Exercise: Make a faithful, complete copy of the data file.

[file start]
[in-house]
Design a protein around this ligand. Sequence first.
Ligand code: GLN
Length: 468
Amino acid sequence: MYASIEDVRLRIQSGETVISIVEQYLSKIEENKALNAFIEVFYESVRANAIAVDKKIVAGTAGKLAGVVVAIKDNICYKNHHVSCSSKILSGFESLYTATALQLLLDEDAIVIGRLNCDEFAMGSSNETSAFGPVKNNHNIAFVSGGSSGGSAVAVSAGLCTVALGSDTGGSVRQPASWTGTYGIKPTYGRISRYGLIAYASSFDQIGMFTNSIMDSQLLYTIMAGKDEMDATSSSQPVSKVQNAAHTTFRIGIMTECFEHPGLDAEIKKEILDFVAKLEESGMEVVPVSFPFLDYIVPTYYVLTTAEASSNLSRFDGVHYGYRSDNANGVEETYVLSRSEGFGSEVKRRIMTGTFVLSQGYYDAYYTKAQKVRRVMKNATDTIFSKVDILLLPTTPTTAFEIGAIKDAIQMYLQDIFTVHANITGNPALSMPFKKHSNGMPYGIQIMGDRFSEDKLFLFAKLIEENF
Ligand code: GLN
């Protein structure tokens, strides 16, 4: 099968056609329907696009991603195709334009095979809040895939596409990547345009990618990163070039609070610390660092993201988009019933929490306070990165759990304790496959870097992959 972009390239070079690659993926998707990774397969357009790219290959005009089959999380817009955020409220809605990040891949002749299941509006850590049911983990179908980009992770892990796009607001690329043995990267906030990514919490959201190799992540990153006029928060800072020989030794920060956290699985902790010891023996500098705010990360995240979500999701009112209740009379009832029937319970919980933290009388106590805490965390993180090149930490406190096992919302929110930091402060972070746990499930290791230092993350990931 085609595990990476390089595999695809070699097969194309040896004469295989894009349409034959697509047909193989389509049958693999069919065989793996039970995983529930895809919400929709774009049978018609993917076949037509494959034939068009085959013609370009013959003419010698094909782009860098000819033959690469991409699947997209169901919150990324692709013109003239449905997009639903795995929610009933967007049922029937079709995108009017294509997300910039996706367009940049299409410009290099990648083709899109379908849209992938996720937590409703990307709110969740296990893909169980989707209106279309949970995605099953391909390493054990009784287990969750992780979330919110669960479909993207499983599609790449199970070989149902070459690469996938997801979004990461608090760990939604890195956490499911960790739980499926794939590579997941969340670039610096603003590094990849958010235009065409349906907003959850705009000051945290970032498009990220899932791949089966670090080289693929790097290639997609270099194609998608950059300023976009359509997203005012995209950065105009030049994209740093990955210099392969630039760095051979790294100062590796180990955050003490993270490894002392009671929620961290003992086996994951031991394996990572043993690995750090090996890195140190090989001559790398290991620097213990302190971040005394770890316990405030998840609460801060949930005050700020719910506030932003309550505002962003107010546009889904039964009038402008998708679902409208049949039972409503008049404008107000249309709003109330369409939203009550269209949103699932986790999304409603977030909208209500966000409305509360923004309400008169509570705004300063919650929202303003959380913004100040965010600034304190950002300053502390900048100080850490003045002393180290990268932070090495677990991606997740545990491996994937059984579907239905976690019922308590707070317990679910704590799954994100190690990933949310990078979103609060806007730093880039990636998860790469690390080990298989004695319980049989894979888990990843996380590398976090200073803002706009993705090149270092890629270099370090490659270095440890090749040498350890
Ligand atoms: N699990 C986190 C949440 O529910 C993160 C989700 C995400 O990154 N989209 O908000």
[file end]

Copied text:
[in-house]
Design a protein around this ligand. Sequence first.
Ligand code: GLN
Length: 468
Amino acid sequence: MYASIEDVRLRIQSGETVISIVEQYLSKIEENKALNAFIEVFYESVRANAIAVDKKIVAGTAGKLAGVVVAIKDNICYKNHHVSCSSKILSGFESLYTATALQLLLDEDAIVIGRLNCDEFAMGSSNETSAFGPVKNNHNIAFVSGGSSGGSAVAVSAGLCTVALGSDTGGSVRQPASWTGTYGIKPTYGRISRYGLIAYASSFDQIGMFTNSIMDSQLLYTIMAGKDEMDATSSSQPVSKVQNAAHTTFRIGIMTECFEHPGLDAEIKKEILDFVAKLEESGMEVVPVSFPFLDYIVPTYYVLTTAEASSNLSRFDGVHYGYRSDNANGVEETYVLSRSEGFGSEVKRRIMTGTFVLSQGYYDAYYTKAQKVRRVMKNATDTIFSKVDILLLPTTPTTAFEIGAIKDAIQMYLQDIFTVHANITGNPALSMPFKKHSNGMPYGIQIMGDRFSEDKLFLFAKLIEENF
Ligand code: GLN
């Protein structure tokens, strides 16, 4: 099968056609329907696009991603195709334009095979809040895939596409990547345009990618990163070039609070610390660092993201988009019933929490306070990165759990304790496959870097992959 972009390239070079690659993926998707990774397969357009790219290959005009089959999380817009955020409220809605990040891949002749299941509006850590049911983990179908980009992770892990796009607001690329043995990267906030990514919490959201190799992540990153006029928060800072020989030794920060956290699985902790010891023996500098705010990360995240979500999701009112209740009379009832029937319970919980933290009388106590805490965390993180090149930490406190096992919302929110930091402060972070746990499930290791230092993350990931 085609595990990476390089595999695809070699097969194309040896004469295989894009349409034959697509047909193989389509049958693999069919065989793996039970995983529930895809919400929709774009049978018609993917076949037509494959034939068009085959013609370009013959003419010698094909782009860098000819033959690469991409699947997209169901919150990324692709013109003239449905997009639903795995929610009933967007049922029937079709995108009017294509997300910039996706367009940049299409410009290099990648083709899109379908849209992938996720937590409703990307709110969740296990893909169980989707209106279309949970995605099953391909390493054990009784287990969750992780979330919110669960479909993207499983599609790449199970070989149902070459690469996938997801979004990461608090760990939604890195956490499911960790739980499926794939590579997941969340670039610096603003590094990849958010235009065409349906907003959850705009000051945290970032498009990220899932791949089966670090080289693929790097290639997609270099194609998608950059300023976009359509997203005012995209950065105009030049994209740093990955210099392969630039760095051979790294100062590796180990955050003490993270490894002392009671929620961290003992086996994951031991394996990572043993690995750090090996890195140190090989001559790398290991620097213990302190971040005394770890316990405030998840609460801060949930005050700020719910506030932003309550505002962003107010546009889904039964009038402008998708679902409208049949039972409503008049404008107000249309709003109330369409939203009550269209949103699932986790999304409603977030909208209500966000409305509360923004309400008169509570705004300063919650929202303003959380913004100040965010600034304190950002300053502390900048100080850490003045002393180290990268932070090495677990991606997740545990491996994937059984579907239905976690019922308590707070317990679910704590799954994100190690990933949310990078979103609060806007730093880039990636998860790469690390080990298989004695319980049989894979888990990843996380590398976090200073803002706009993705090149270092890629270099370090490659270095440890090749040498350890
Ligand atoms: N699990 C986190 C949440 O529910 C993160 C989700 C995400 O990154 N989209 O908000």